Native Tongues brings together critical and new writings on rap and hip-hop in Africa. It explores the influence of hip-hop on the continent and brings to light the pressing issues that are echoed in the lyrics and images displayed by youth from the townships of South Africa to the streets of Bamako. Readers will learn about hip-hop's ever-expanding reach as an art form and socio-cultural force that shapes youth culture and affects social change by providing African youth with alternative spaces to be creative, voice their opinions, and empower one another. Much of the book centers on issues of cultural imperialism, the integrity of local cultures, corporate culture, local economics, transnationalism, identity formation, and more.
Native Tongues is a central resource for understanding the evolution and influence of one of the most creative and enduring elements of global popular culture. It is a must read for anyone who is at all interested in hip-hop culture and has much to offer students of anthropology, history, cultural studies, sociology, media studies, and black studies.
"Native Tongues brings us the first book on African hip-hop, cross-regionally. This book represents an important and critical contribution to both hip-hop studies and African Studies. Hip-hop studies is now a well-established field, but it lacks significant scholarship on African hip-hop. This book helps to fill in the gap. The book also contributes to African Cultural Studies by thus far being the most comprehensive study of one of the most important cultural movements to sweep across the whole of Africa in modern times." -Msia Kibona Clark, Assistant Professor of Pan-African Studies at California State University, Los Angeles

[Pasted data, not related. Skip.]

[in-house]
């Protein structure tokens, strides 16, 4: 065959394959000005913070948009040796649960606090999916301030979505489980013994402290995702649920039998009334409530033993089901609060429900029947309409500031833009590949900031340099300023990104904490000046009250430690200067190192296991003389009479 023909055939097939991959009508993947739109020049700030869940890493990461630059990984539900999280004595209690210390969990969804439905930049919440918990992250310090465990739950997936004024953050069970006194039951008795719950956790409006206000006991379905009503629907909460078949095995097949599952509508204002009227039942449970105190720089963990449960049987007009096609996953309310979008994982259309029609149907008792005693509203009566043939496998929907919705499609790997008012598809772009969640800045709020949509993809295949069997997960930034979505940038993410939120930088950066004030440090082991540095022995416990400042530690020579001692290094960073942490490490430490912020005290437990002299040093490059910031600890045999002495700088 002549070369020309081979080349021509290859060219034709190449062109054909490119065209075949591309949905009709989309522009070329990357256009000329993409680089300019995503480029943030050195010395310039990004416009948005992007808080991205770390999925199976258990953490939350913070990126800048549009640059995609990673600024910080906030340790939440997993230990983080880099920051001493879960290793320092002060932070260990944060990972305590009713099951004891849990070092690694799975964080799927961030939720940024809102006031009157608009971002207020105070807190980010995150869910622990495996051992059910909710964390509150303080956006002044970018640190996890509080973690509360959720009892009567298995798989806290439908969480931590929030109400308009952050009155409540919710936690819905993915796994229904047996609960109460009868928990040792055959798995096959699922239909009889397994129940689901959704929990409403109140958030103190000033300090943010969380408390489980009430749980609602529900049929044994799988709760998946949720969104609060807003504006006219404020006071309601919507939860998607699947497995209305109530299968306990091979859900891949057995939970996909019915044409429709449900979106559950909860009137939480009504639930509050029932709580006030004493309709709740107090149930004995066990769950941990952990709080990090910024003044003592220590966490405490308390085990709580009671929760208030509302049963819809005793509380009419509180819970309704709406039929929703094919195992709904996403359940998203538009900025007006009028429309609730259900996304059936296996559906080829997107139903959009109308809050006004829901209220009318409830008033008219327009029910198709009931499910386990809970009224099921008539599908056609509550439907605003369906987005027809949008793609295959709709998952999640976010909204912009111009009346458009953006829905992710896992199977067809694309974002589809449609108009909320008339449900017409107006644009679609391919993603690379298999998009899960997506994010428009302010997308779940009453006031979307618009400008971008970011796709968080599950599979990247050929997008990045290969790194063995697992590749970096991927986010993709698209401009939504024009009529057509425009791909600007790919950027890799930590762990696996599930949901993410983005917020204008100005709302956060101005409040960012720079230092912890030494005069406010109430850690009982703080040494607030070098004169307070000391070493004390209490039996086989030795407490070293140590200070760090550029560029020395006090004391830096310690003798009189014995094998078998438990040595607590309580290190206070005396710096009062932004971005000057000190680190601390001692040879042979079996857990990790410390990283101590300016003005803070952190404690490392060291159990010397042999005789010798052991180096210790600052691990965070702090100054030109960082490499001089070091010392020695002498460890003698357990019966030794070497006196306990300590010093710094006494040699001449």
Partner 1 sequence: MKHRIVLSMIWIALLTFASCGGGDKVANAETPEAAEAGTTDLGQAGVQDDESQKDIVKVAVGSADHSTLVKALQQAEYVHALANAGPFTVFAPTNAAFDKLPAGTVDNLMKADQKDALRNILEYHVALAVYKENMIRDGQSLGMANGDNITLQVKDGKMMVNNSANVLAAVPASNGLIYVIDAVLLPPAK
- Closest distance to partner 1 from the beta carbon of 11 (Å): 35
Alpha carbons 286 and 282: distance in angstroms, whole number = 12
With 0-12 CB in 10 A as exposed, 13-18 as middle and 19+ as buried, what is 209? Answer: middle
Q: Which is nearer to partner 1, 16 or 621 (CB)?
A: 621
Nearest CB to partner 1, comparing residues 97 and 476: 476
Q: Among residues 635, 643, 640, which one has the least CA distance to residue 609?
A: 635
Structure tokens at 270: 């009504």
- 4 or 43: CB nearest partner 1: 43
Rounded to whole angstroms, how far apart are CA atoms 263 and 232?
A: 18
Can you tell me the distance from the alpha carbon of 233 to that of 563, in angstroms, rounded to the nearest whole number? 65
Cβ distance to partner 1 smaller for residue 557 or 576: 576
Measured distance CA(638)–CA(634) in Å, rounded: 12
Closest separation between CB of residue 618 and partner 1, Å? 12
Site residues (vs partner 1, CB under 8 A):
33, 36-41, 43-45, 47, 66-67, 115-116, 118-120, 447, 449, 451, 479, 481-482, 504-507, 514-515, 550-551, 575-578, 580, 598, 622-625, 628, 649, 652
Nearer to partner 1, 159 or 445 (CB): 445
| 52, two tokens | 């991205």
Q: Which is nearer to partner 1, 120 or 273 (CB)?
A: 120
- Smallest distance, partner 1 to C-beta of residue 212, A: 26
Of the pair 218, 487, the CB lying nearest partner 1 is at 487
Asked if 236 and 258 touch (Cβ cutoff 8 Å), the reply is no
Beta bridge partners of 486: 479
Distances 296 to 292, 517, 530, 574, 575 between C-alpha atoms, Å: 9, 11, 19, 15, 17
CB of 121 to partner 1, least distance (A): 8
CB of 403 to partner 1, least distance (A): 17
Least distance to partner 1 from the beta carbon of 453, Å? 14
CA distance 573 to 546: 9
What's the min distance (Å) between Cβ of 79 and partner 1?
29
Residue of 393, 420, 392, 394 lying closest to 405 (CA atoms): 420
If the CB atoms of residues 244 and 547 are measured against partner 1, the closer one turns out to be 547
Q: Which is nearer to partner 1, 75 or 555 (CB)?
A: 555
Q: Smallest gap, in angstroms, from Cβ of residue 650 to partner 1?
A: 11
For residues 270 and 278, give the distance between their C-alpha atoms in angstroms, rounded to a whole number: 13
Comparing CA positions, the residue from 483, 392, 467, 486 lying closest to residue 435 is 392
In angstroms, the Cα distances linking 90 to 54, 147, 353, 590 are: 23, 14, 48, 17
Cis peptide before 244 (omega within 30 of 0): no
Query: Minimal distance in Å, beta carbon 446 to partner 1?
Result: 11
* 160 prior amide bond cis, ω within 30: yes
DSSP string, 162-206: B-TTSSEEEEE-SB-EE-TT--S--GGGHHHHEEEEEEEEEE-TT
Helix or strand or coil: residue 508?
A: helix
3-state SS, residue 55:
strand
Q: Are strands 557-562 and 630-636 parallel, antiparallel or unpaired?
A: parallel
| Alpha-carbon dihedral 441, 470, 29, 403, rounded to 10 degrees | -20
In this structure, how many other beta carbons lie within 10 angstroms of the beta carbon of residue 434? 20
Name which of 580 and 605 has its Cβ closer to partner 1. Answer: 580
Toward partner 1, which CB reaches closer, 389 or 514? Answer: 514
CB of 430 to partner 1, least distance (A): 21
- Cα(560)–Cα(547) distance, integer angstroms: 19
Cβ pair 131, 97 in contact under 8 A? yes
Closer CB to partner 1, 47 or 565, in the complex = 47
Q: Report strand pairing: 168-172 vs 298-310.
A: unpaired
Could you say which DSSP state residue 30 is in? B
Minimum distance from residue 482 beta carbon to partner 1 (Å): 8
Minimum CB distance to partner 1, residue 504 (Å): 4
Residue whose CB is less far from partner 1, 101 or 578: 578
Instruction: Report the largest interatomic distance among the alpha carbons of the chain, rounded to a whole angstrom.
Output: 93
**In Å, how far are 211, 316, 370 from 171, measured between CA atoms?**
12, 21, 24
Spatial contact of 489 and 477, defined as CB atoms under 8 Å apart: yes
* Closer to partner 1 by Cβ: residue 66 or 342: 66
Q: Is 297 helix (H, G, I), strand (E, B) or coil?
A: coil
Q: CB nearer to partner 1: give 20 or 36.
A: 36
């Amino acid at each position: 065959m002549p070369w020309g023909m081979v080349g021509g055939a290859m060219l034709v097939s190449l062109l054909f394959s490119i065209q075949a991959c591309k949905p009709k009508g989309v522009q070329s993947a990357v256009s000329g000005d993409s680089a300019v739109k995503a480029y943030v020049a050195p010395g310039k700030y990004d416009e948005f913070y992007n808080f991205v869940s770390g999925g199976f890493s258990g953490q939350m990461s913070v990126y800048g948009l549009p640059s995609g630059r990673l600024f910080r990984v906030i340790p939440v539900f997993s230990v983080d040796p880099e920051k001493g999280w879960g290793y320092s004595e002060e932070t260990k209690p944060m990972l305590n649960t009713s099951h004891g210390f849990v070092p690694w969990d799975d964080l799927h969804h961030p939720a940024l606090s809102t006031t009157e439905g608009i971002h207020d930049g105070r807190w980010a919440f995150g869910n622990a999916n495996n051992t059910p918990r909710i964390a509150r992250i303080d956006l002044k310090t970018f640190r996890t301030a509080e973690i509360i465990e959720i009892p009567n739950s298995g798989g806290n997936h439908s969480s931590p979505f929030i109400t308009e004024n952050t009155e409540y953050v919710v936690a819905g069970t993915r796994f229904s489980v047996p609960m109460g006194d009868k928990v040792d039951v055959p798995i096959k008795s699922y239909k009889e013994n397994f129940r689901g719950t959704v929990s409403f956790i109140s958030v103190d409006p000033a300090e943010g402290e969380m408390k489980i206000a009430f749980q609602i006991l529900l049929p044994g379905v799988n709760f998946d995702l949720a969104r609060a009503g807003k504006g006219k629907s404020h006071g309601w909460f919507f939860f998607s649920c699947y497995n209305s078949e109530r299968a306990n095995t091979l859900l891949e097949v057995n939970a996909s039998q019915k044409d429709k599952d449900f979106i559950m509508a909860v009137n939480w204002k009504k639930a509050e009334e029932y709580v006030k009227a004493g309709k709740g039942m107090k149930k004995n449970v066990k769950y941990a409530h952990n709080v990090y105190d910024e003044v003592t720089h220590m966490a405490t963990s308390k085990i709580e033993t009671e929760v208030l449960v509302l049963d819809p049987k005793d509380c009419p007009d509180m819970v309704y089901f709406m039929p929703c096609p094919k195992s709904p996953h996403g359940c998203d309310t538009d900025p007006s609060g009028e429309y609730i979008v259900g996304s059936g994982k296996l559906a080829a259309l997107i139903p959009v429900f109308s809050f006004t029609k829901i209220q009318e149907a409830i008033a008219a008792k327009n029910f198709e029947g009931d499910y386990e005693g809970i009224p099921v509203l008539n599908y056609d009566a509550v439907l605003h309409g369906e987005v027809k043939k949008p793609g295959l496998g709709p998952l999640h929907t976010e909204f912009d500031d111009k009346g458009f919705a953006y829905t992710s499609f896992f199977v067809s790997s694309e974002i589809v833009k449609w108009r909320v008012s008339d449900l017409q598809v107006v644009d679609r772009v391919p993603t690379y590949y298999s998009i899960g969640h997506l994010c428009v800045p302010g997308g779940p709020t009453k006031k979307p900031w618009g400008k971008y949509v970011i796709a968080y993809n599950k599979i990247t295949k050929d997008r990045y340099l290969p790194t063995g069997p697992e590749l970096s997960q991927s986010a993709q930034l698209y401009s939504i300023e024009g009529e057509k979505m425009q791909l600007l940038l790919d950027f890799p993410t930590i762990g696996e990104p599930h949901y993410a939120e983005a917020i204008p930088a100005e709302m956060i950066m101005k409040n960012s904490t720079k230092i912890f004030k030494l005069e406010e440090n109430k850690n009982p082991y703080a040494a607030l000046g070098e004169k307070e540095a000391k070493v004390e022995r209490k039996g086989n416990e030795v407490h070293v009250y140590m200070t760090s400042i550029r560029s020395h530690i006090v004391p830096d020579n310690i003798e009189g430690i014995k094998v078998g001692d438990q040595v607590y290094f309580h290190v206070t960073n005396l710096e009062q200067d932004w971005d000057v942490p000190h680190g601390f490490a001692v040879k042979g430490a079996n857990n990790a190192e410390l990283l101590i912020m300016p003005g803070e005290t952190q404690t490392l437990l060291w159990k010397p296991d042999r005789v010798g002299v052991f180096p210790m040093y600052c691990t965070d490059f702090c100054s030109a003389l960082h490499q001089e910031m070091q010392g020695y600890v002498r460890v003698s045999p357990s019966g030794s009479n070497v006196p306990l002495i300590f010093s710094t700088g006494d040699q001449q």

"Native Tongues reminds the world that Africa is not a country. This diverse anthology draws readers attention to the fact that African hip-hop is rich, multi-layered and incisive in its engagement with post-colonial issues in the age of empire." -Adam Haupt, Author of Stealing Empire: P2P, Intellectual Property, and Hip-hop Subversion
ABOUT THE AUTHOR
P. KHALIL SAUCIER is Director of Africana Studies and Assistant Professor of Sociology at Rhode Island College. he specializes in identity formation, black popular culture, social thought, critical theory, and race and ethnicity. His publications are featured in the Journal of Popular Music Studies, Rethinking Marxism: A Journal of Economics, Culture, and Society, American Communications Journal, Fashion Theory, Encyclopedia of African American Music, and others. He is co-author of the Historical Dictionary of Republic of Cape Verde, 4th Edition with Richard A. Lobban Jr. (2007).